Music Reviews

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Artist: Locrian & Christoph Heemann (@)
Title: s/t
Format: 12"
Label: Handmade Birds (@)
Rated: *****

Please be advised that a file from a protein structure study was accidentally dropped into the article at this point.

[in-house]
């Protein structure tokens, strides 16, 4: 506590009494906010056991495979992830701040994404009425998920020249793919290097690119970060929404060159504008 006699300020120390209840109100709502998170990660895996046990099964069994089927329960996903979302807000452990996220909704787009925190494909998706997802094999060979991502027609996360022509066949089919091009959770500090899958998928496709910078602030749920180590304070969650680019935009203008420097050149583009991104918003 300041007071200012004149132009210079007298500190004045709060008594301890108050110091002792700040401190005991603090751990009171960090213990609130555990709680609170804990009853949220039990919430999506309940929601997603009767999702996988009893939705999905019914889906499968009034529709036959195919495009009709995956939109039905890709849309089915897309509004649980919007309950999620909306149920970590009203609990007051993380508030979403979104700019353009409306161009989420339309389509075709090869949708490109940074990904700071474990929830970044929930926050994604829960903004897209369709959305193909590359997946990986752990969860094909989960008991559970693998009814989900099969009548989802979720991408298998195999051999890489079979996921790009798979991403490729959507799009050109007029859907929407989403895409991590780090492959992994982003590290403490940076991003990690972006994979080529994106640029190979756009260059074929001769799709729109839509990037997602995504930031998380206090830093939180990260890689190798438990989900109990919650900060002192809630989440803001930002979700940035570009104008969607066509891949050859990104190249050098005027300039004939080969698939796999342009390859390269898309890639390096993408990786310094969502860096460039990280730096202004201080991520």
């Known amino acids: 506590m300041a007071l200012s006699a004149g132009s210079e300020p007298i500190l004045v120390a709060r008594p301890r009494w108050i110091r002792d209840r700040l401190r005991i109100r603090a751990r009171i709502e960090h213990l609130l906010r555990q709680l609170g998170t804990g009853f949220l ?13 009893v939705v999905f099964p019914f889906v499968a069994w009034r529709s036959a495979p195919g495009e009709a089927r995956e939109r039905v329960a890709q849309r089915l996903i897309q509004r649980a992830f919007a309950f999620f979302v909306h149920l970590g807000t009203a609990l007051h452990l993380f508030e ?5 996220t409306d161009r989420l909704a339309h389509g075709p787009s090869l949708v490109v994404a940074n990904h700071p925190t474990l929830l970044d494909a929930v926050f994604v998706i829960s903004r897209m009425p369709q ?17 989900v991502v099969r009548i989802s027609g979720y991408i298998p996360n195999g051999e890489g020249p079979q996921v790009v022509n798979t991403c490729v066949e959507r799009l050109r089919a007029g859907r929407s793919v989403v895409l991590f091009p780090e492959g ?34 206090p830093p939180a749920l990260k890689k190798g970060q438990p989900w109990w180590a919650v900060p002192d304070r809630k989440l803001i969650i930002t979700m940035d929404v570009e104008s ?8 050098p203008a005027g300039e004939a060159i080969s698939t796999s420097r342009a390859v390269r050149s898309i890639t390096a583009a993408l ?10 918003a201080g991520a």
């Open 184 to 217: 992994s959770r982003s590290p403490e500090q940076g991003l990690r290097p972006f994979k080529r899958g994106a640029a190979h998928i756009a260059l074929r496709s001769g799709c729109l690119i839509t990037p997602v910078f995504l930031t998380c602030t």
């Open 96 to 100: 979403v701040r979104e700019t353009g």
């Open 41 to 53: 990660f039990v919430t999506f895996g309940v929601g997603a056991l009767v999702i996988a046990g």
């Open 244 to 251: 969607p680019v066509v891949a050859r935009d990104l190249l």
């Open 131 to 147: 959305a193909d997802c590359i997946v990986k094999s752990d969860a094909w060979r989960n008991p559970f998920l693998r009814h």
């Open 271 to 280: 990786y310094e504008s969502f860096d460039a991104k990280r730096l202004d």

This is one of the few releases I luckily managed to save from the hard disk of my old laptop (summer's hot temperature and bad architecture of different parts almost melted condensers and motherboard so that it was turned into a fused silica filled sandwitch which could cause over excitement to a Luddite!). I have to say this salvage was a good thing: even if releases coming from artists and musicians who fed or keep on feeding the mass migration from metal-related stylistical grounds to electronic or more cinematic stuff usually sound disappointing to me as most of them cannot totally detach some compositional schemes, this collaboration between appreciated Chicago-based post-metal band Locrian and Christoph Heemann, an hyperactive sound artist, whose remarkable hidden "militancy" within the 80ies industrial and noise scene (collaborations with Current 93, John Duncan, Organum, Merzbow and many others) facilitates the interconnection with above-mentioned resettling migrants, give rise to a really visionary release. On this occasion both drums and guitars play a different role than in previous releases by Locrian: Steven Hess' drumming and Foisy's guitars just emerge in the first visionary track "Hecatomb", an impressive clotting of fatal visions and hypnotical post-industrial drones, which could evoke baleful and disastrous allegorical scenes and a sense of forthcoming collapse, highlighted by low piano keys, which mark the rhythm in the guise of a death toll, the ventricular fibrillation of fluffy tapping on drums and the threatening bustle's buzz, which sound like swallowed by the following track "Loathe The Light", where drums move towards fringe side of the drone in order to build the scenery and guitars weave a net of low-frequencies which emphasizes the hefty sonic setting, disrupted by the crummy cries by a Terence Hannum in deep grief, the highest peak of metal-imported brutality. The physical consistency that sinister guitar-driven low frequencies sounds more noticeable in the following "Edgeless City", where Locrian and Heemann vividly render the feeling of angst related to disquieting desolate and abandoned places, the artistic habitat of this band, before the prostrate chant of the grey and dusty final track "The Drowned Forest", where the drone sounds like singed in accordance with the general clouded atmosphere of the track.



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